drawbacks conventional battery storage has been used.
But batteries can store a limited amount of power for a
short period of time. For long-term storage electrical
power produced by wind turbines or PV arrays can be
converted into hydrogen using an electrolyzer for later
use in fuel cell. So these conventional batteries can be
replaced with fuel cells as non-polluting and high effi-
ciency storage devices. Advantages in wind and PV en-
ergy technologies are the main reason of using hybrid
Wind/PV configurations, and fuel-cells can be work in
parallel with Wind/PV system as the device which can
save and generate electrical energy where it is necessary.
In addition the excess heat from a fuel-cell can also be
used for space heating or for the residential hot water.
This kind of energy storage in hydrogen form that uses
energy from wind turbine or PV to produce hydrogen for
later use is being studied at the hydrogen research insti-
tute [4,5]. The idea of an ultra-high-efficiency (UHE)
hybrid energy system consisting of wind turbine, a
photovoltaic and fuel cell exists in [6,7]. In [8] a man-
agement system is designed for a Wind-PV-Fuel cell
hybrid energy system to manage the power flow between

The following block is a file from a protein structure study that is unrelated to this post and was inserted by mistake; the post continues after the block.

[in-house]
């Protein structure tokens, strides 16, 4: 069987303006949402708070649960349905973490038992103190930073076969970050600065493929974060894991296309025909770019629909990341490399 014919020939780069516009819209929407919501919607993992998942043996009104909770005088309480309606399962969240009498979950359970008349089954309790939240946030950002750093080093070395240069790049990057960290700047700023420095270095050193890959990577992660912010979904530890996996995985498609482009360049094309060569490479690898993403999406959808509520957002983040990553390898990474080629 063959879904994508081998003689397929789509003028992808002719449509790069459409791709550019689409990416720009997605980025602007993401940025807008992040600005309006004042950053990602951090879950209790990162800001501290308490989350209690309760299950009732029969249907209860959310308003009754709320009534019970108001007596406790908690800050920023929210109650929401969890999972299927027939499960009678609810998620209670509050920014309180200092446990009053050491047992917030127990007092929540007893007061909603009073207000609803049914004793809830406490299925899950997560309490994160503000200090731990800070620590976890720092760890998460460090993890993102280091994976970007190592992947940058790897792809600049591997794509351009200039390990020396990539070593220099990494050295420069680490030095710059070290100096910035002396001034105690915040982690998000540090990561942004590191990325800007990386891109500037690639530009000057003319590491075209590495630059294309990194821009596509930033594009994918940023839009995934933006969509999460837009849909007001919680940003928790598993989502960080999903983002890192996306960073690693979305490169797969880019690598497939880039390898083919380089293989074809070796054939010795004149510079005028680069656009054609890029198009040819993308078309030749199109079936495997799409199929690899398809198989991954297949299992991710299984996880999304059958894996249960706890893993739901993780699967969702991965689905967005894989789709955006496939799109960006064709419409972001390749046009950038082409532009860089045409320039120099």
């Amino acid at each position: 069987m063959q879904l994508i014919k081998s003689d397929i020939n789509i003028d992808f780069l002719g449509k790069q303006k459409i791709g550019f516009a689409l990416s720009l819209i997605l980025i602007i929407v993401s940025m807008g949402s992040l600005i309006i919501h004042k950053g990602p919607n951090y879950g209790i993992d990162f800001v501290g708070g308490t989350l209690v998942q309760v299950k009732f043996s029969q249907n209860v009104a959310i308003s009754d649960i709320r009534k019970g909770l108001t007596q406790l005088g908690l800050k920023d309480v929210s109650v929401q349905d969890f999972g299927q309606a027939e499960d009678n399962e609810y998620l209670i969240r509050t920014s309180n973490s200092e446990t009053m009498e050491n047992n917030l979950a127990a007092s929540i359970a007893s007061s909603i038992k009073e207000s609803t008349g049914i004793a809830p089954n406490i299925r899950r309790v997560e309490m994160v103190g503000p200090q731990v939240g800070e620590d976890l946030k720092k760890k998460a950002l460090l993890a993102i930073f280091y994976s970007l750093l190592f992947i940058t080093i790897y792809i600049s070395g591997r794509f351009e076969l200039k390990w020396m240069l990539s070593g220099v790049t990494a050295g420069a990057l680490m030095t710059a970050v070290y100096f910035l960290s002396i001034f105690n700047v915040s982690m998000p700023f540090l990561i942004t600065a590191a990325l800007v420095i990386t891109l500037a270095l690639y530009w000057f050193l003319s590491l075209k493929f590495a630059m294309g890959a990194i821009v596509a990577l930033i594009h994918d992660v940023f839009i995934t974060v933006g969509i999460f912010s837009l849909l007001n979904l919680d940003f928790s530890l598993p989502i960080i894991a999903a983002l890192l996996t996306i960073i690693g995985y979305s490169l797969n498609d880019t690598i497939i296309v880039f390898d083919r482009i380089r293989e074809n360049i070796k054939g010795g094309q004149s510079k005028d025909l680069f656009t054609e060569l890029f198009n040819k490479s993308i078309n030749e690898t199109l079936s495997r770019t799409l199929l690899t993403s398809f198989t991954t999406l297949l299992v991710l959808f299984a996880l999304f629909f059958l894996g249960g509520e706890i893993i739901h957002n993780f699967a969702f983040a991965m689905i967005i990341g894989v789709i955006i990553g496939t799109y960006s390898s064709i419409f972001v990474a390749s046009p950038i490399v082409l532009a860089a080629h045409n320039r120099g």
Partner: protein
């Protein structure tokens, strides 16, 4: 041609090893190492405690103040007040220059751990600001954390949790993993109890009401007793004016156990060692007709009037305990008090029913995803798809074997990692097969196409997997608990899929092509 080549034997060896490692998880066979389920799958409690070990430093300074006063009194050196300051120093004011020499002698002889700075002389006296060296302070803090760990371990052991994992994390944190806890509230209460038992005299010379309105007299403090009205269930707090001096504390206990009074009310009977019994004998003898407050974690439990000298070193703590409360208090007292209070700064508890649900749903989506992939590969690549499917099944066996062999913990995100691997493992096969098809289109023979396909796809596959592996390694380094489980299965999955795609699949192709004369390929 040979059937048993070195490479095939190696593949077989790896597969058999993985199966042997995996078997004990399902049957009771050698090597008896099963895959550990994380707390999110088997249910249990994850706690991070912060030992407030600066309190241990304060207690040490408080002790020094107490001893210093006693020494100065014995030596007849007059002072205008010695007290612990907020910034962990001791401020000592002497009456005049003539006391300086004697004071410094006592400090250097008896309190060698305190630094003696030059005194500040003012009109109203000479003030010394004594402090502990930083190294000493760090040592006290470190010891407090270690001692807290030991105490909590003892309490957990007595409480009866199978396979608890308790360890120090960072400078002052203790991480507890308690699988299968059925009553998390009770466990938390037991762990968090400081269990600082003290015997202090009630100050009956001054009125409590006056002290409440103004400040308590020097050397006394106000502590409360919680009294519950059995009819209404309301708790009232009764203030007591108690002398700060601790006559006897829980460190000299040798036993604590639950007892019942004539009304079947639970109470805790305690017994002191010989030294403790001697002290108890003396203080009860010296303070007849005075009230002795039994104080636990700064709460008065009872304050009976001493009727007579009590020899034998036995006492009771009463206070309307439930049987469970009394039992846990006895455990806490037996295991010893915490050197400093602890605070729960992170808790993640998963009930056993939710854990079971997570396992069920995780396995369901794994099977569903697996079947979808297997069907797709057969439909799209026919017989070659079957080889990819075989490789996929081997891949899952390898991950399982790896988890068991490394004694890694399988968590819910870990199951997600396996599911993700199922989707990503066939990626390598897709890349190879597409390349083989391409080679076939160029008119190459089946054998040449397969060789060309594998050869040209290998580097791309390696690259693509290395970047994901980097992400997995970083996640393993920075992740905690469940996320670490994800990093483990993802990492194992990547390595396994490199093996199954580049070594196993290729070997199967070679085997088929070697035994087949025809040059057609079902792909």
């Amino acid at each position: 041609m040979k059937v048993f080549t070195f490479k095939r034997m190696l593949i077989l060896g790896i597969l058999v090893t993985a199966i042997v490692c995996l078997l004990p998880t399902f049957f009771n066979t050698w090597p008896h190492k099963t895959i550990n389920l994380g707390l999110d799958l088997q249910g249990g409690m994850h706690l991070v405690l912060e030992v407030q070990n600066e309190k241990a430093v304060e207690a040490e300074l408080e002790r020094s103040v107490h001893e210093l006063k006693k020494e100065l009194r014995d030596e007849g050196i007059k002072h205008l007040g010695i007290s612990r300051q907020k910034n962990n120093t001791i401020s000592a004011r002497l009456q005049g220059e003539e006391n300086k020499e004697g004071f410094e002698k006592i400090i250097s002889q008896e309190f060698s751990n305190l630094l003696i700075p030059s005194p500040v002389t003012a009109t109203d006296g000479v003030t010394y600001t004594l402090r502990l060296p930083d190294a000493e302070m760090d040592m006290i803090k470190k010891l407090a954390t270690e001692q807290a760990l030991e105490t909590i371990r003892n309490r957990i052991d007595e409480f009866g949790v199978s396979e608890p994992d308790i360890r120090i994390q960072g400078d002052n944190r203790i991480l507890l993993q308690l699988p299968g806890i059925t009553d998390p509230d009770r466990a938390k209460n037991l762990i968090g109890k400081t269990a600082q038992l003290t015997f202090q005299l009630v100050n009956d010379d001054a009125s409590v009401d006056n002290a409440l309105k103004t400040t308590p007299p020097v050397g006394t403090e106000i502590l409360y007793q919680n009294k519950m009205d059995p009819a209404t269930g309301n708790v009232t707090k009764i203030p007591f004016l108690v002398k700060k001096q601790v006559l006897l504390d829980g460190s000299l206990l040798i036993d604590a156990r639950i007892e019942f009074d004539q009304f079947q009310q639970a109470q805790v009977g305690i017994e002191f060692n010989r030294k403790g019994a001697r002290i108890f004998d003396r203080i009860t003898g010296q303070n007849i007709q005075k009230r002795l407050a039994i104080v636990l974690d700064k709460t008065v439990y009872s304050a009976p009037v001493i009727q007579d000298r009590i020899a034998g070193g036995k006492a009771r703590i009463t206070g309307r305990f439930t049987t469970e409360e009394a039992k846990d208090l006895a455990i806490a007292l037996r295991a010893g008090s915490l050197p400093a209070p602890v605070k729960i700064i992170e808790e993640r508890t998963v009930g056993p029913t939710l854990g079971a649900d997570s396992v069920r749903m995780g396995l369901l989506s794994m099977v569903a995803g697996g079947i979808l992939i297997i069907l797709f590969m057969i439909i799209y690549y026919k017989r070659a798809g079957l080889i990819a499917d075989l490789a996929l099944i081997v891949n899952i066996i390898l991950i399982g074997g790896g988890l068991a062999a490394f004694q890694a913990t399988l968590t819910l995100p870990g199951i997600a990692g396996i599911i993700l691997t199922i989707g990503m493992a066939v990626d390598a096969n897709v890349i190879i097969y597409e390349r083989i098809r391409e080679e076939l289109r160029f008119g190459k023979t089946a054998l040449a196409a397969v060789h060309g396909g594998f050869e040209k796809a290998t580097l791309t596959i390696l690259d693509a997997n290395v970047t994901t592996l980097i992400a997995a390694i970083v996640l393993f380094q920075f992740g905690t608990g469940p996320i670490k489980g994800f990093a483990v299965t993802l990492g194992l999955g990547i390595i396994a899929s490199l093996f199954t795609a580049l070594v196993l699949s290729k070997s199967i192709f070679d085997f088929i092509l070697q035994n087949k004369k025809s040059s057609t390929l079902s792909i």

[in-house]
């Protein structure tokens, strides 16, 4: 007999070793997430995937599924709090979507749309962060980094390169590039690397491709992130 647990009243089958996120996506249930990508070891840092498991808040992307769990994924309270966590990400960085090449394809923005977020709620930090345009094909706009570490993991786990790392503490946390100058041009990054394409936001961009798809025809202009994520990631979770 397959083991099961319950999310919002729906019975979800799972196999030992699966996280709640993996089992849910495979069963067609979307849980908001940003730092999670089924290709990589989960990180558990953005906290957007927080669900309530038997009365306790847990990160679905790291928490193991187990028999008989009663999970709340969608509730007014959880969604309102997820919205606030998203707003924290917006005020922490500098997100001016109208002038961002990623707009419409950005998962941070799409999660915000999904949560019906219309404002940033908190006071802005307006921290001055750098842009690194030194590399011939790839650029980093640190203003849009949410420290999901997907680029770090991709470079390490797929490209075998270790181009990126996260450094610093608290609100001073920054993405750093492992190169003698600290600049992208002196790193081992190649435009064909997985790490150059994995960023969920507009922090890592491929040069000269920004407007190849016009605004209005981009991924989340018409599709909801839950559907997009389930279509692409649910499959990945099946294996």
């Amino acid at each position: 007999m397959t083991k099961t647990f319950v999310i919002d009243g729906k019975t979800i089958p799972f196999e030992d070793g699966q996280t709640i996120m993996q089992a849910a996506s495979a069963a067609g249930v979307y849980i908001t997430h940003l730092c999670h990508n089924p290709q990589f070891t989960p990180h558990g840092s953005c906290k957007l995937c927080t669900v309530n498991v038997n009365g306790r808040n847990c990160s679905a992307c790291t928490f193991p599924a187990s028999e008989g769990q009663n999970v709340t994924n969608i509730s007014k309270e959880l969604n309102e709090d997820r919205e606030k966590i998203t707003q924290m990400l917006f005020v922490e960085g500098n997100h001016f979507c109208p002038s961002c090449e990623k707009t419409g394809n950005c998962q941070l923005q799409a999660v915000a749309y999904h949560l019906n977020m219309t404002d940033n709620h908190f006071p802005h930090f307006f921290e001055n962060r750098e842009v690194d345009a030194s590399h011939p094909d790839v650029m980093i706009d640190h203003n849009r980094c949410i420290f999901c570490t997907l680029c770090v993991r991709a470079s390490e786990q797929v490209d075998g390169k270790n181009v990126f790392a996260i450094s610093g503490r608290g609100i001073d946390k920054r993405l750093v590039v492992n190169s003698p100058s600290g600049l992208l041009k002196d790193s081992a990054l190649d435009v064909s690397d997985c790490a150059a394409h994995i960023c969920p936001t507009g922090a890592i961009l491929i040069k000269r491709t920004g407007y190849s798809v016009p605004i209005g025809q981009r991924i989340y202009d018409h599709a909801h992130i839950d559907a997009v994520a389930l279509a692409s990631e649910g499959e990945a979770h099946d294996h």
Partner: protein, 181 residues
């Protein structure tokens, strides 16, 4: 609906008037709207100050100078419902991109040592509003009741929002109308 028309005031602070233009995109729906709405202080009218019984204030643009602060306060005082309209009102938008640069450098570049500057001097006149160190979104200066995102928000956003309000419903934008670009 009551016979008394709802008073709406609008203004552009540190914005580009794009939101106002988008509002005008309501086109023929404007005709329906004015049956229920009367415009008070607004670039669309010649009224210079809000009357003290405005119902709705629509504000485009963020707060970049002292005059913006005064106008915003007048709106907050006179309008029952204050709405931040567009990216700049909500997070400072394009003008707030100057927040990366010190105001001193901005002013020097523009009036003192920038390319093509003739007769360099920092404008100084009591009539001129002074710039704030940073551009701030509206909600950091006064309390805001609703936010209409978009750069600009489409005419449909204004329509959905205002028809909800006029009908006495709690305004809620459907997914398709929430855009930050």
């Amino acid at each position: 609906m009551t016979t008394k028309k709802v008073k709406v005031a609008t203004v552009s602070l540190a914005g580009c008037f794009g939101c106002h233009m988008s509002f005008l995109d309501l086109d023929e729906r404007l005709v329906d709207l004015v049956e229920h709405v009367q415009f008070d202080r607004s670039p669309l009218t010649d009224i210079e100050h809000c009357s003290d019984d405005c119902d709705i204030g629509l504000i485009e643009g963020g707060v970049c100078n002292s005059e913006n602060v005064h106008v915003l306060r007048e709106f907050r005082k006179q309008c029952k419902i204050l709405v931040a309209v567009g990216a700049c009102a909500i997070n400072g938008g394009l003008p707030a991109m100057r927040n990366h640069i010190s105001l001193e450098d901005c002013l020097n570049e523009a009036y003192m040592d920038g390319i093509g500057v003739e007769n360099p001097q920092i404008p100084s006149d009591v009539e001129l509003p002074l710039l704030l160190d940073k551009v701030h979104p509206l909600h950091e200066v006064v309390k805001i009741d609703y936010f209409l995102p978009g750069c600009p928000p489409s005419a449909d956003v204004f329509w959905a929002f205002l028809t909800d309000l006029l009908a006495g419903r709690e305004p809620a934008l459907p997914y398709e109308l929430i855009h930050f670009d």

the system components in order to satisfy the load re-
quirements. In [9] a simple and economic control with
DC-DC converter is used for maximum power point
tracking and hence maximum power extraction from the
wind turbine and photovoltaic arrays. In order to insure
continuous power flow a fuel cell was also proposed in
this paper. An economic evaluation of a hybrid Wind-
PV-Fuel cell generation system for a house usage is pre-
sented in [10]. It is necessary to analyze this system in all
aspects such as: cost, efficiency, reliability, dynamic re-
sponse to load demand and power sources sudden
Copyright © 2012 SciRes. SGRE
Simulation of Dynamic Response of Small Wind-Photovoltaic-Fuel Cell Hybrid Energy System 195
changes and its control system. Since, these kinds of hy-
brid systems are operated under variable conditions such
as sudden variations in load demand or wind speed.
Therefore in this paper the dynamic response of a Wind-
PV-Fuel cell hybrid energy system is analyzed under
some critical operating conditions. It is assumed that the
output power of PV plus wind turbine can supply the
nominal load demand, in the case of low wind or lack of
ambient irradiation a share of power can be supplied
from the fuel cell. If PV and wind turbine output power
exceeds the demand, the excess power is used to produce
hydrogen for later use in the fuel cell. The system de-